This was a first Russia-EU summit since the recent and ambitious European Union enlargement. "It [the summitry] finished with a positive move, and that is good," remarked Mr. Putin as he thanked the EU heads of state for a constructive and interested contribution to WTO-related talks.
The agreement "will have a positive impact on Russia's talks with China, the USA and other countries who are leading [world] commerce", he said.
"Russia must join the WTO on terms acceptable to it," the President firmly added.
Meanwhile, many WTO countries insist on Russia raising domestic fuel and energy prices high up to global standards, what with its fabulous oil, gas and coal deposits, and giant rivers as electricity sources. As analysts point out, that would be like calling China-a WTO country-to send domestic rice prices up to global.
President Putin expressed gratitude for Romano Prodi, European Commission President, for fruitful teamwork. His tone was familiar as a close friend's as he said, "Thanks a lot, Romano," at the briefing.
Signor Prodi, who is coming to an end of his Commission presidency, had thanked Vladimir Putin for the same just before. Russia's President confessed he was feeling rather awkward over that-the mutual thanks made the briefing something of a mutual admiration society. Yet he could not finish his talk with the media unless he duly thanked Romano Prodi and his colleagues for what they had done, said Mr. Putin.
He also felt thankful for a spirit of comradeship, mutual understanding and reciprocal support. "There were many arguments and tiny conflicts invisible to the onlooker in the job of essential importance," said President Putin.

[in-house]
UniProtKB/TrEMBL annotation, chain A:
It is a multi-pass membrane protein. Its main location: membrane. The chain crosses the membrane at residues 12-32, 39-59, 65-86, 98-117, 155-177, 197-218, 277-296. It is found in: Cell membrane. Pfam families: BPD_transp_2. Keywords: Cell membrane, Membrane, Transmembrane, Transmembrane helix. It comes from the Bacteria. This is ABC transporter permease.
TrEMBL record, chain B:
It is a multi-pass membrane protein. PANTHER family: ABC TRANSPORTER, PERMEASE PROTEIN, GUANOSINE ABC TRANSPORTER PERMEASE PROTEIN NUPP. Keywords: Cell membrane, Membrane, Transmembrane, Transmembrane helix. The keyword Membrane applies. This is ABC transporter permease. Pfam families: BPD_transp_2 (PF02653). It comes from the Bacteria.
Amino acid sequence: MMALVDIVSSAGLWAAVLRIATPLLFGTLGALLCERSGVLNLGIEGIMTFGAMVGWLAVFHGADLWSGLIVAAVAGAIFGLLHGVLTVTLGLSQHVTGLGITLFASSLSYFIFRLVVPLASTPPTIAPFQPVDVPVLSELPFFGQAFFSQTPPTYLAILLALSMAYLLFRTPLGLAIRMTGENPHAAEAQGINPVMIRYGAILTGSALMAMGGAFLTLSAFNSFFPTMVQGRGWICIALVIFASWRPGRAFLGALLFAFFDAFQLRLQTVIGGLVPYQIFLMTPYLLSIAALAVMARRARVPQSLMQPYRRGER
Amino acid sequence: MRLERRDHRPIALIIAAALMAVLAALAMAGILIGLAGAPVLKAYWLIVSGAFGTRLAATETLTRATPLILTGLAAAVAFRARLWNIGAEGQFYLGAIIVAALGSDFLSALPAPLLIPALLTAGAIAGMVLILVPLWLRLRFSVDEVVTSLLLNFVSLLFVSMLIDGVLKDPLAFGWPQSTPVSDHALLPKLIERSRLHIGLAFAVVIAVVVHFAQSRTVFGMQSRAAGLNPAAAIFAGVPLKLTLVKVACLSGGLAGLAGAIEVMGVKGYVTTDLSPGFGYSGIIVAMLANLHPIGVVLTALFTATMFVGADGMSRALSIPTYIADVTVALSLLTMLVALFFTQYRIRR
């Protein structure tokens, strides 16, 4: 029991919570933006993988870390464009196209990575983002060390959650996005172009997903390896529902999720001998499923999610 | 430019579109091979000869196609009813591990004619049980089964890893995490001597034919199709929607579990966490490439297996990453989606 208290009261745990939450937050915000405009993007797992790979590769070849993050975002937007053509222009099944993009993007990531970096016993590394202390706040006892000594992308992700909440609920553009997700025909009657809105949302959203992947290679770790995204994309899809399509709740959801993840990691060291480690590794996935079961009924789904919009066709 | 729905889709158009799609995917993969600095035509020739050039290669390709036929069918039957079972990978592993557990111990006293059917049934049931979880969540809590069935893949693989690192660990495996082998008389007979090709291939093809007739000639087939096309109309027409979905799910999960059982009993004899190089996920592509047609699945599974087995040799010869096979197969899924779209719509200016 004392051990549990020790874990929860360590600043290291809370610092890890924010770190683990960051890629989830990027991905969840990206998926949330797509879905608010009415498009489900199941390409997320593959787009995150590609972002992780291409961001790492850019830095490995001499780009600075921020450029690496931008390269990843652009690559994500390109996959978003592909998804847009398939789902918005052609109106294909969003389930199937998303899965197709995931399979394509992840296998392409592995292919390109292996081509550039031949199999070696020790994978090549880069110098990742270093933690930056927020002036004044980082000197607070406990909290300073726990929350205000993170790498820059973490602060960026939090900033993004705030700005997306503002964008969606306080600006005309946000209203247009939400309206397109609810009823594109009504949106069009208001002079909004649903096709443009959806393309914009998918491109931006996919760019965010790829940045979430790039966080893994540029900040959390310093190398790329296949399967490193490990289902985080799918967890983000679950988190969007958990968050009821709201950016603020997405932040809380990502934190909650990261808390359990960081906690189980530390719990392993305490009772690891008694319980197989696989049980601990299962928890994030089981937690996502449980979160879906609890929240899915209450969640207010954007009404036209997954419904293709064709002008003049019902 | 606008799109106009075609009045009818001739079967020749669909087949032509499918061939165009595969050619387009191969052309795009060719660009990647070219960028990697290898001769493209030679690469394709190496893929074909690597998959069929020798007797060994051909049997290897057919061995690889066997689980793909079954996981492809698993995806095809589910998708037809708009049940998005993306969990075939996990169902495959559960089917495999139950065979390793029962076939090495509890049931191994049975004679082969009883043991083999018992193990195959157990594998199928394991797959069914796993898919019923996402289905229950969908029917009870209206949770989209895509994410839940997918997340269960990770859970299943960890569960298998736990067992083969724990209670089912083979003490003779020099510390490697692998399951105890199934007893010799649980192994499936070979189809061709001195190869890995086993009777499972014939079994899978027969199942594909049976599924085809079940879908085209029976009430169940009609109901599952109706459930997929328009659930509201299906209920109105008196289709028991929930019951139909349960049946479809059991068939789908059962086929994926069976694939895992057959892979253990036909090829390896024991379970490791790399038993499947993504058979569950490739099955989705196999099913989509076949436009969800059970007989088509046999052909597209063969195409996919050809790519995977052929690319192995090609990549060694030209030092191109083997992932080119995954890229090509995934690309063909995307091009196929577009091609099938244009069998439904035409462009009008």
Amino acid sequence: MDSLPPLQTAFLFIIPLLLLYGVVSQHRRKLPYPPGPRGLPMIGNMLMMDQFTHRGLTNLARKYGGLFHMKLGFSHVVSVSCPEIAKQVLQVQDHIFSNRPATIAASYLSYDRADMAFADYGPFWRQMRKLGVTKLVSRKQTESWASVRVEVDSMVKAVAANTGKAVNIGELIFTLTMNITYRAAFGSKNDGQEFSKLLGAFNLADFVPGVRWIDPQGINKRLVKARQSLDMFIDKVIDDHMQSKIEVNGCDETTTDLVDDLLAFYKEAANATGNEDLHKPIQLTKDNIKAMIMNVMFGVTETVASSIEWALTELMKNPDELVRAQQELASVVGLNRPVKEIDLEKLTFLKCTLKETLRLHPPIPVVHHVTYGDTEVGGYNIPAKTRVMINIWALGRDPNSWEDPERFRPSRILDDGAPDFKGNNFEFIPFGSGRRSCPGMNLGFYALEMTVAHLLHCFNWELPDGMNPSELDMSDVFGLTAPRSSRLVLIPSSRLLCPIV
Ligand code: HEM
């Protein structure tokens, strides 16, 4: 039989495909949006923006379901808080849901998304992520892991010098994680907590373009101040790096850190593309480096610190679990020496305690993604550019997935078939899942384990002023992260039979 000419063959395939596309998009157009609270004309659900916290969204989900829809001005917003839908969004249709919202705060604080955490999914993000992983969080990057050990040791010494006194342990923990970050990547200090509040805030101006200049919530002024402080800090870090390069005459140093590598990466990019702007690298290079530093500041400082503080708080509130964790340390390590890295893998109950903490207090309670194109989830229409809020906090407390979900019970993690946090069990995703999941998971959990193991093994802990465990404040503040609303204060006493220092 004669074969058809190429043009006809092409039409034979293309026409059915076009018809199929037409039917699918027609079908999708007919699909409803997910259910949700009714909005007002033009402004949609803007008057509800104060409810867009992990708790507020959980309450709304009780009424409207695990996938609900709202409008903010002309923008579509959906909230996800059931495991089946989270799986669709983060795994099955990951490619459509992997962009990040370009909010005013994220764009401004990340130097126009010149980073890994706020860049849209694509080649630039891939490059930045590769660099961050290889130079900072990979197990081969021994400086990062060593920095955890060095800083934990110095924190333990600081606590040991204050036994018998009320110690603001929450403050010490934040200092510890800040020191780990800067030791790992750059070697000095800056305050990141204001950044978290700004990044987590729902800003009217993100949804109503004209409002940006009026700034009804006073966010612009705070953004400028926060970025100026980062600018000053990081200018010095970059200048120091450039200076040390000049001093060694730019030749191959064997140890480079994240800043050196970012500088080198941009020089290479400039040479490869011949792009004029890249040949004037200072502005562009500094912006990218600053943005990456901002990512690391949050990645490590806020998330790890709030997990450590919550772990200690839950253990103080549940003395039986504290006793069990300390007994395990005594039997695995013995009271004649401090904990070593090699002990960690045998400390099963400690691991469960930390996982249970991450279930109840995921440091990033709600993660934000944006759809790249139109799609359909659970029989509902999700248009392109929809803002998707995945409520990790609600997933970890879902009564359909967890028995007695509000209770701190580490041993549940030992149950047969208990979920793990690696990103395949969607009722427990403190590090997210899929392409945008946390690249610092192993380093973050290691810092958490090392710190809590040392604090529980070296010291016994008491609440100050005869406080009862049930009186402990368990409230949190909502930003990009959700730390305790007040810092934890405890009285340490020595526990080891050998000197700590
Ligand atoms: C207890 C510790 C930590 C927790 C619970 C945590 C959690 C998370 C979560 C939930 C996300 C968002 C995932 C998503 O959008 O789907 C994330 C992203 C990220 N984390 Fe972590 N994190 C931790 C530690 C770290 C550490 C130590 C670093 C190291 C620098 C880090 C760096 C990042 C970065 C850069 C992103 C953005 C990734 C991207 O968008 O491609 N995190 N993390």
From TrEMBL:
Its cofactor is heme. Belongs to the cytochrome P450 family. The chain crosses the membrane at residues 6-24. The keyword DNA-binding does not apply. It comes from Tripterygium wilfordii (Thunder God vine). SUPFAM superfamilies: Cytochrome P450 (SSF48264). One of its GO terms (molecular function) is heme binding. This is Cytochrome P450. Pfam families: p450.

Russia will now move quicker than before toward Kyoto protocol ratification, he reassured. "We approve and support the Kyoto process." The European Union met Russia halfway by signing the protocol within the context of Russia's upcoming WTO membership. Russia will now pay in kind by stepping up Kyoto efforts even though it is apprehensive of certain pledges the protocol implies.
"Hazards are coming up all at a time-the EU enlargement, the WTO, and the Kyoto protocol," complained the President.
To tie in protocol signing with WTO membership prospects has the last thing Russia had intended to do. "We did not mean to have the matters all in a package. In fact, we pointed out that the EU enlargement, involved WTO talks, and joining the Kyoto protocol-all threatened Russia medium-term economic problems hard to predict. An attentive ear was lent us, with our concern," said Vladimir Putin.
Putin has said that Russia and the EU had agreed on certain steps linked to the EU's expansion. "We have agreed on certain forms of solving the problems of the Kaliningrad region (Russia's exclave on the Baltic Sea)," said the president.
"All this reduces the risks to our economy in the mid-term prospect and will help rapidly solve the problem of Russia joining the Kyoto protocol. This issue is within the competence of the country's parliament and not the president. and we will in turn boost this process," said the head of state.
The president added that Russia will have to reinforce its borders before thhe visa-free regime is established with the EU.
"Russia should do a lot before it can enjoy the rights that EU citizens have, incudling in terms of movements. We will in particular have to reinforce our borders," said Putin.
The president also stressed that agreements with EU countries help establish the visa-free regime.
The prime minister of Ireland presiding over the EU, Bertie Ahern in turn said it had been agreed to continue talks on this issue.
"We have discussed what we should do on this issue," he said.
We have discussed what we can do on this issue in detail, concurred Chairman of the European Commission Romano Prodi.
During the press conference, Putin also said he expected the situation around te rights of Russian-speaking minority in the Baltic countries to improve.
"The new EU members will have to adjust to the single human rights concept of the united Europe. I expect the Russian speaking population to notice the changes," said the president.
according to Putin, the summit considered some sensitive issues. In his words, they include the Chechen problem and the human rights situation in the Baltic countries.
He remarked that a group of European parliamentarians visited Latvia recently and made its own conclusions on the Nazism propaganda in that country.